Sad food lovers, there is a very good reason that Ferran Adria has turned his focus to the El Bulli Foundation instead of making you foams and ices in the now-closed kitchens of El Bulli. It’s because, as he writes in a recent BBC op-ed, he wants to push the boundaries of cuisine, one of the few arts that “enjoy[s] the rare gift of limitless potential,” and merge that with the internet.
Hence, BulliPedia: the free-access online database of all of el Bulli’s formulas, algorithms and recipes from their decades in operation. To fully appreciate how big of a deal this is, here are some comparisons:
- Nerds, pretend that Google became open-source.
- Lawyers, pretend that every day was a Constitutional Convention without any of the overdrawn ratification process.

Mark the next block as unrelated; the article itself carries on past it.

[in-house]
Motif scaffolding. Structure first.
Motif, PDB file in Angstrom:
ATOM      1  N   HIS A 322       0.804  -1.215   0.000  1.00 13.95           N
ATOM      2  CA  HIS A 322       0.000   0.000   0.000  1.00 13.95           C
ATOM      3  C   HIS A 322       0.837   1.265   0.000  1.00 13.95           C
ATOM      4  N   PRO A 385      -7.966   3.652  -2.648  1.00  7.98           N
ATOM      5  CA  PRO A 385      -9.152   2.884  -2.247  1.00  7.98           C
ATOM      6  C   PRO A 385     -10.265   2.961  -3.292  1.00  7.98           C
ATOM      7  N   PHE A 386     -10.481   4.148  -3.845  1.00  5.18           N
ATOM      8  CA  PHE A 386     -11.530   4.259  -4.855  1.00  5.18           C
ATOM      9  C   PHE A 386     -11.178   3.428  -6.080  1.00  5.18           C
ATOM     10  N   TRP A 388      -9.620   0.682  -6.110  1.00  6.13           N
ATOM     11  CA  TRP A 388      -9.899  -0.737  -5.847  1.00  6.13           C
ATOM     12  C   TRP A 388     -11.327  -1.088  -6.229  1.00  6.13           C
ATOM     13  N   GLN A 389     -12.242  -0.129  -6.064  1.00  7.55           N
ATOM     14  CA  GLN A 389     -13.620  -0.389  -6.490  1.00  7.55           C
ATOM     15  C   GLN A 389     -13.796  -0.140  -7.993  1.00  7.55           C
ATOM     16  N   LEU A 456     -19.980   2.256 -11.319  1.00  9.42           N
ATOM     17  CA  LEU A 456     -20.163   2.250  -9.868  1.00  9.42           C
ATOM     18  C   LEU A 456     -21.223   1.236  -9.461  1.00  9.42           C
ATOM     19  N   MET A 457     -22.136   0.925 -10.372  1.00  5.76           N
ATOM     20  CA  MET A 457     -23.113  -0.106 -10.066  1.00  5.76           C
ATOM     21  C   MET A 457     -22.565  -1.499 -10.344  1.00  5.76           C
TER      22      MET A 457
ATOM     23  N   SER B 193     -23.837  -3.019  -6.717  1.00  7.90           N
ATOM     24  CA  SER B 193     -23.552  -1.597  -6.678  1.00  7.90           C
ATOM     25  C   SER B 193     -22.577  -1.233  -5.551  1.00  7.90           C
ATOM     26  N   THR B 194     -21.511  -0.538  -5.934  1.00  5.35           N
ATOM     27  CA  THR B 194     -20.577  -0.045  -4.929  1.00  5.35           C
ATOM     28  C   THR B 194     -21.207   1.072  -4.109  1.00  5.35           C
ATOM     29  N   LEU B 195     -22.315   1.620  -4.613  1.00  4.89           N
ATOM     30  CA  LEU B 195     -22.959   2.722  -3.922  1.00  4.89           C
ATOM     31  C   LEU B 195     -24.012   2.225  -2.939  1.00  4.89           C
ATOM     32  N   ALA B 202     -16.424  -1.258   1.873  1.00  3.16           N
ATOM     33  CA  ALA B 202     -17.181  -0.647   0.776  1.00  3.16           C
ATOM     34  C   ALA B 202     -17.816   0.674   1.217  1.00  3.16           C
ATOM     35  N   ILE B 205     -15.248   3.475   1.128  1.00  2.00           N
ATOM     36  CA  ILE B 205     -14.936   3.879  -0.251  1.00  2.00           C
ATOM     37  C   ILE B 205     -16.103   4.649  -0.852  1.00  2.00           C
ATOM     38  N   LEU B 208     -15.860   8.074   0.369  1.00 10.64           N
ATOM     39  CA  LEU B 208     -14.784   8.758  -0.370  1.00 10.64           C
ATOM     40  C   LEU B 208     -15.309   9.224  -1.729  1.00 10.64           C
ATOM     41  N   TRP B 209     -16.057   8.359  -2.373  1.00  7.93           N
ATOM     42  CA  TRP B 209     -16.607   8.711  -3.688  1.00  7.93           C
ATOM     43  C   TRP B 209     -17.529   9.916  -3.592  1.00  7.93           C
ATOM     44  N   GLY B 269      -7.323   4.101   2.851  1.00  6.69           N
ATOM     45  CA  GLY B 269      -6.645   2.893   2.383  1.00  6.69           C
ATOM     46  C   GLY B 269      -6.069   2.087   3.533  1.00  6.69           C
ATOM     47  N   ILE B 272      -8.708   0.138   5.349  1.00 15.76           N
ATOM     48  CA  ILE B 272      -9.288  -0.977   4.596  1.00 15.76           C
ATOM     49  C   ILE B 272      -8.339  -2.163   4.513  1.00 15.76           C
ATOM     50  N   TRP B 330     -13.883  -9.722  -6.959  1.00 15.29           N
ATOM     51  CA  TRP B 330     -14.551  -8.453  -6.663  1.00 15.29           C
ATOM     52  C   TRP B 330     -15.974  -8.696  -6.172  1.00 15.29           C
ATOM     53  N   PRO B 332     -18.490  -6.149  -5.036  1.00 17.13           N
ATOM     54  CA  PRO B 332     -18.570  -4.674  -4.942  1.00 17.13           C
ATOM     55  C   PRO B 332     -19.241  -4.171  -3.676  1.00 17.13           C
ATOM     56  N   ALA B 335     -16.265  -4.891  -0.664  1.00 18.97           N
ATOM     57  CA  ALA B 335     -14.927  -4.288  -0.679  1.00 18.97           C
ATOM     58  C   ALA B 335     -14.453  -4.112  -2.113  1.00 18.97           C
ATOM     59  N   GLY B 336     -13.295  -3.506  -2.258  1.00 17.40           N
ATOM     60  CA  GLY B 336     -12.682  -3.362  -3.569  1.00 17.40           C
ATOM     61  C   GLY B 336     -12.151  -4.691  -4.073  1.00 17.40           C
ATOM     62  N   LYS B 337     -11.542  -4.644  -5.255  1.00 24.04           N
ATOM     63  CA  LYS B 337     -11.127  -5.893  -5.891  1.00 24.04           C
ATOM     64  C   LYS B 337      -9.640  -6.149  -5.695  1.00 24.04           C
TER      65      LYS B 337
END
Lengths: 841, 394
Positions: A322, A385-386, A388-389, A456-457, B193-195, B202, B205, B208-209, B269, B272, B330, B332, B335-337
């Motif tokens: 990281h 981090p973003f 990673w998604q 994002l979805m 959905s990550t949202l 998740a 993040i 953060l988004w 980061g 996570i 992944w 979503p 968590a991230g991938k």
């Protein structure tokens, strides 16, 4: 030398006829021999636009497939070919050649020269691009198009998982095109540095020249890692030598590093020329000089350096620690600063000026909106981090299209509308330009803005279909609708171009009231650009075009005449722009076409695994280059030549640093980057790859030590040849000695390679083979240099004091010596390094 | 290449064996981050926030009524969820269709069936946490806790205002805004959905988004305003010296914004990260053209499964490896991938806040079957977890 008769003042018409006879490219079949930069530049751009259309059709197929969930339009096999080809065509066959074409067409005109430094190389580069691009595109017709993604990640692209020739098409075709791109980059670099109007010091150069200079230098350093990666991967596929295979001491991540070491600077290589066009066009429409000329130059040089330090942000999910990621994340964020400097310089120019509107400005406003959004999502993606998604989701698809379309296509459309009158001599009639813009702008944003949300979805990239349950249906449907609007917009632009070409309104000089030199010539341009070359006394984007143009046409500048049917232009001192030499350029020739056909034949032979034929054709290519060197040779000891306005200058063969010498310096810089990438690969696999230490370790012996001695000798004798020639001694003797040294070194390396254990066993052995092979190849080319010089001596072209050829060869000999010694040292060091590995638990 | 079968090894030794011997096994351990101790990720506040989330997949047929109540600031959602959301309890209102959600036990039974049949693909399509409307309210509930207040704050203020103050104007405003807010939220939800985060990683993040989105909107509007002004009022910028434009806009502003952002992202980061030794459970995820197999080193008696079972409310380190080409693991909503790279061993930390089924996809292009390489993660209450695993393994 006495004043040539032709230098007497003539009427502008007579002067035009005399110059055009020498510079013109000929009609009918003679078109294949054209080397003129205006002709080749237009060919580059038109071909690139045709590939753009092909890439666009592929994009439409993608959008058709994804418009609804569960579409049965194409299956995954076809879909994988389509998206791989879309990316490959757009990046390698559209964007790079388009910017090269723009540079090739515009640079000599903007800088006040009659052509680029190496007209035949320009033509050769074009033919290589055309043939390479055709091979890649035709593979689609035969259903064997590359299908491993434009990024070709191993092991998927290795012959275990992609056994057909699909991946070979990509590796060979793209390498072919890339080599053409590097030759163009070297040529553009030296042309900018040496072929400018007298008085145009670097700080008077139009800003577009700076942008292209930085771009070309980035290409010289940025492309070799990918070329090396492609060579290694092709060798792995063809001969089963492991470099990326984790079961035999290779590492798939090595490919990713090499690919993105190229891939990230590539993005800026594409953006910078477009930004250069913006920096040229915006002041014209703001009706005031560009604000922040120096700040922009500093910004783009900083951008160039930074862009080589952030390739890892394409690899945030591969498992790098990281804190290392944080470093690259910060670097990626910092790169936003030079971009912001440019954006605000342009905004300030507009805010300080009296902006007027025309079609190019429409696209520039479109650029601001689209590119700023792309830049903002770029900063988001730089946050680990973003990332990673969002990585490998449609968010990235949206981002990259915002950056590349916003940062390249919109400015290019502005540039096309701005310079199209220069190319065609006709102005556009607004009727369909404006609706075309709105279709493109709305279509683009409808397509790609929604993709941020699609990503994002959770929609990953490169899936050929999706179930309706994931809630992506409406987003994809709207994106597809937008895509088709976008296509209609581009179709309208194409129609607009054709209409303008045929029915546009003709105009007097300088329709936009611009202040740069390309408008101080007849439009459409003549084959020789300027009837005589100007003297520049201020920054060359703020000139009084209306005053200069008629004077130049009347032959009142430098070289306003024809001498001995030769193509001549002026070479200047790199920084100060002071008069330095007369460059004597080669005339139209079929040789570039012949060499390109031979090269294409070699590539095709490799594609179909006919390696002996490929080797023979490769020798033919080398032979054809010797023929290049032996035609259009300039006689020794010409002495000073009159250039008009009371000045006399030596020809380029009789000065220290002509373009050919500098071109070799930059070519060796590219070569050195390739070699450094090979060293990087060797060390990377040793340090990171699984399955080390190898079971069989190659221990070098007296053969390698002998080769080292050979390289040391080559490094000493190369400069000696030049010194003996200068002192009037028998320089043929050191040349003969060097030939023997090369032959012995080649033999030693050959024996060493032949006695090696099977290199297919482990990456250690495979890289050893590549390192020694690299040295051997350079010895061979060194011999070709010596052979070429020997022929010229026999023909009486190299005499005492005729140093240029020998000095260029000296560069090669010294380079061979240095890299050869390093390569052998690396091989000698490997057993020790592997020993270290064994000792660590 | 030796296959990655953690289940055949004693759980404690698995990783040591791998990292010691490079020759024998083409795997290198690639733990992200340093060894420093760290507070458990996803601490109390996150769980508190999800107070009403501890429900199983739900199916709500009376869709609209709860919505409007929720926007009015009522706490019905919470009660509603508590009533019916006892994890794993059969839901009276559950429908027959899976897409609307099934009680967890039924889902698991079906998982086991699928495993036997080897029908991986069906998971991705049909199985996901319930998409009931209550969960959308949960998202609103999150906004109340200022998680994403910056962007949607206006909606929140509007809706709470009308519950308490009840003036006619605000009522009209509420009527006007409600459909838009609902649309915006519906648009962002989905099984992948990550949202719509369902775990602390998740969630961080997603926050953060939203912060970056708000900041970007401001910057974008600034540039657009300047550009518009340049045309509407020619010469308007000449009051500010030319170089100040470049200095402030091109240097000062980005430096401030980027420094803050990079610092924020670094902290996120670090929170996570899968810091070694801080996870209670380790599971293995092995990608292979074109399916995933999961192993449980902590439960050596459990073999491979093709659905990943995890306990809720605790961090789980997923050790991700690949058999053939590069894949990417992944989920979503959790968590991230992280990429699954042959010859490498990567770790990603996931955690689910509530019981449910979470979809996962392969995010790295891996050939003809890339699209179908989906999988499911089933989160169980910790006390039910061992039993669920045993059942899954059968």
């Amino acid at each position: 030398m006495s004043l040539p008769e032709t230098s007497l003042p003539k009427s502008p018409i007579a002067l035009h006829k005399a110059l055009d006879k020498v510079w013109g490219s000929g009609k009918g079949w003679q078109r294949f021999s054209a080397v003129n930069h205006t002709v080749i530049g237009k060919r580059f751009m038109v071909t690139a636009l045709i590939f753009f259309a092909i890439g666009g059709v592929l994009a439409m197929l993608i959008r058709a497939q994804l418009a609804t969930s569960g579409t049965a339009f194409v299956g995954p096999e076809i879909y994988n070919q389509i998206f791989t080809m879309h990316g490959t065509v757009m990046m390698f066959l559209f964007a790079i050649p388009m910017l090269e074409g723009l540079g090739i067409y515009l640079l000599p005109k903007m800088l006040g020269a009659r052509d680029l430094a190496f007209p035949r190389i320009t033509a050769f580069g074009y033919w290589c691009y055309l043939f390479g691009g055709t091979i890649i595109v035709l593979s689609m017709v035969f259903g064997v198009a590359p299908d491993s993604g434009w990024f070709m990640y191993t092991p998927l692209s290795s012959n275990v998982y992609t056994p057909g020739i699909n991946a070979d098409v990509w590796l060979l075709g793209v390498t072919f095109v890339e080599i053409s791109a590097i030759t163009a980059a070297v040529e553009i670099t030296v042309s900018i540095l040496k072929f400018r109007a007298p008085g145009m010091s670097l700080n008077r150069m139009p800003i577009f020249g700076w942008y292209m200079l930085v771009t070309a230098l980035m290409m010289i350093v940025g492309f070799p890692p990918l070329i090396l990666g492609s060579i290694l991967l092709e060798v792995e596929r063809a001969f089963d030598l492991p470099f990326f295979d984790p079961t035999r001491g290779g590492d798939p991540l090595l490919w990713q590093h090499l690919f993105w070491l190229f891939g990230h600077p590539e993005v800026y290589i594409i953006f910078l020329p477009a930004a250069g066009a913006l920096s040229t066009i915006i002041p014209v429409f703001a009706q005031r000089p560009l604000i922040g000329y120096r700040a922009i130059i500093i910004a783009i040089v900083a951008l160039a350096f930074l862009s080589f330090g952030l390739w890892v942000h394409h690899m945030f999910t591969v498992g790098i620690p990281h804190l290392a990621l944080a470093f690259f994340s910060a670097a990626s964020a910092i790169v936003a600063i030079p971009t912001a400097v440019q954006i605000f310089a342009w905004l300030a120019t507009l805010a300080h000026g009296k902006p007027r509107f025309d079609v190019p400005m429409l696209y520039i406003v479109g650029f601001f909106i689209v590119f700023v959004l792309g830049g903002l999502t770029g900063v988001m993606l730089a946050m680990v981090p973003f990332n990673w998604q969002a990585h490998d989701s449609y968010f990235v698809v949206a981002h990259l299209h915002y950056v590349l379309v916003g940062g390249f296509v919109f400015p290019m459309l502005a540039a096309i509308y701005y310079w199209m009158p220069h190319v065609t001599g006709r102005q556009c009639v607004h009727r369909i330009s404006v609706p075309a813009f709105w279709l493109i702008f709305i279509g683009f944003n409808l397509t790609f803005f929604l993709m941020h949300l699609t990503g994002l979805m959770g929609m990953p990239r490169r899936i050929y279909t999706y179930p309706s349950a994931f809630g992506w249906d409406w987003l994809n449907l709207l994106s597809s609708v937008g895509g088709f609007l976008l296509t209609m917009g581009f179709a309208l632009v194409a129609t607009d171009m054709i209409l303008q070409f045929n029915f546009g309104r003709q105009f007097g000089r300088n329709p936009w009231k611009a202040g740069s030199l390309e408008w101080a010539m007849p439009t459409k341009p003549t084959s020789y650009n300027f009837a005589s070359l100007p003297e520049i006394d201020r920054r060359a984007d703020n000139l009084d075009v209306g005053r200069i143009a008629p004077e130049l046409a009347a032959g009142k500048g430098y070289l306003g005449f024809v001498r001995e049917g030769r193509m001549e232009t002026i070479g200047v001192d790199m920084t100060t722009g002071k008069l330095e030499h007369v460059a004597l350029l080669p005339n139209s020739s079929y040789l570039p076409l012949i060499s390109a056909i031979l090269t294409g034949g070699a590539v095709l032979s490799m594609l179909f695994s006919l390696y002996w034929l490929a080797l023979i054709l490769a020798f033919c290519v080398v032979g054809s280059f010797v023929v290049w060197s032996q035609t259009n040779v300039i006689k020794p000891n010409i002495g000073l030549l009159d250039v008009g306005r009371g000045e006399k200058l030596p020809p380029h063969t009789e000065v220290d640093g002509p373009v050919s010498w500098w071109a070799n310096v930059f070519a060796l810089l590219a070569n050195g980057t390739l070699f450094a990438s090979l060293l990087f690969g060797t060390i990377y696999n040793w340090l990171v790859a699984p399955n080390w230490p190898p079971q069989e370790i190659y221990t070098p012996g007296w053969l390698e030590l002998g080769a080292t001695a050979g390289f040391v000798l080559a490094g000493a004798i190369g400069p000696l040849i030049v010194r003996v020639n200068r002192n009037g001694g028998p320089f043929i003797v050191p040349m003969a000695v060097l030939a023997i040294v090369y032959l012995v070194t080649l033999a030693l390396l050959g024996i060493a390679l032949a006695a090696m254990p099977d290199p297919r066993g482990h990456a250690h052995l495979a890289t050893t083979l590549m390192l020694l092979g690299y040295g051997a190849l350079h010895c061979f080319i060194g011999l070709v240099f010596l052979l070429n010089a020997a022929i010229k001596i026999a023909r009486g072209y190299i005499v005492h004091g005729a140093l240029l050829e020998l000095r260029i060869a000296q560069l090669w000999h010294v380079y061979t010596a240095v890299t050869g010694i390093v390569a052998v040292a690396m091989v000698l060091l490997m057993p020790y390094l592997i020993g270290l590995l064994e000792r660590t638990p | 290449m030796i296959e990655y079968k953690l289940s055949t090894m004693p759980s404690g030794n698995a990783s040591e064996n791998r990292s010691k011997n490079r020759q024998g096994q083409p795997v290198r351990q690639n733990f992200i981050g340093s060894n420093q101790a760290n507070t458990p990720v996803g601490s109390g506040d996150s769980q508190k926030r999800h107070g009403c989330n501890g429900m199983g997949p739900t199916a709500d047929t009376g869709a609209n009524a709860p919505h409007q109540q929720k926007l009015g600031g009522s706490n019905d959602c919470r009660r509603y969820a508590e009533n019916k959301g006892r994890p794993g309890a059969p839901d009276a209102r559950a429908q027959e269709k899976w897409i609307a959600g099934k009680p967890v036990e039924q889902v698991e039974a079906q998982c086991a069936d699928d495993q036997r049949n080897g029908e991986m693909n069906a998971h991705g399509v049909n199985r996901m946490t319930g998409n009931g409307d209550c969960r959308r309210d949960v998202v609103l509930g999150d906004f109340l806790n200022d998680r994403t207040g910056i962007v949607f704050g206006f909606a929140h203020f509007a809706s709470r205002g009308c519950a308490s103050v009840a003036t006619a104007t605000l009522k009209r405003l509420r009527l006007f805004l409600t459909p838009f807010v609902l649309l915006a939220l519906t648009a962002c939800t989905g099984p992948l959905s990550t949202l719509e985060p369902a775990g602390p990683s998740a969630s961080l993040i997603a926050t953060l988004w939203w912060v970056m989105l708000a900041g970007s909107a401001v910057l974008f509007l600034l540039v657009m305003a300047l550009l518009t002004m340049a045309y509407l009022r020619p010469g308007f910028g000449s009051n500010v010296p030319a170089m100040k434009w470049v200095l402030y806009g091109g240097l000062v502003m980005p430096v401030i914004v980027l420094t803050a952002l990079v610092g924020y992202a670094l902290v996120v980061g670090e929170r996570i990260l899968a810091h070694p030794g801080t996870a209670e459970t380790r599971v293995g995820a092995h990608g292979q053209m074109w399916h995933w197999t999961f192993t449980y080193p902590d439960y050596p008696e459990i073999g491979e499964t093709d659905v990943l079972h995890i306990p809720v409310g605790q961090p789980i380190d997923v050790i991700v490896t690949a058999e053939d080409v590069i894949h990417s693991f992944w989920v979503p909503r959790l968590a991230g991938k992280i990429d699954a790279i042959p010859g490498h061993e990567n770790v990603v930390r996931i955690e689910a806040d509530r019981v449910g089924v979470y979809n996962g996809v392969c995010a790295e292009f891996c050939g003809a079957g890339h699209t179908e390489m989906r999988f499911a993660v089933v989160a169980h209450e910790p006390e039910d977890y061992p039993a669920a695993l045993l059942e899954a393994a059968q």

- Businessmen, pretend that Coca-Cola just released their secret formula.
- Potheads, pretend that the DEA opened up every single evidence locker full of weed in the country.
But BulliPedia isn’t just a new online database full of recipes and curated culinary knowledge. Adria hopes that one day, BulliPedia will connect chefs and culinary enthusiasts with each other from around the world, and track their collaborations.
“I firmly believe that as a chef if you only speak to other cooks you’ll get bored,” he writes, evoking comparisons with prominent scientist and non-chef Nathan Myhrvold. “Bullipedia uses cooking as a language and eventually it’ll connect with other disciplines such as design and architecture.”
Moreover, he advocates, the culinary world needs to fully embrace the power of technology, specifically the internet — not just as a marketing tool, but as a means for innovation. “I believe that it will now sit at the heart of gastronomy and be a fundamental driver of innovation in the industry,” he affirms.
“We have journeyed part of the way to discovering the genome of cuisine. Digital technology will allow us to take the final step.”
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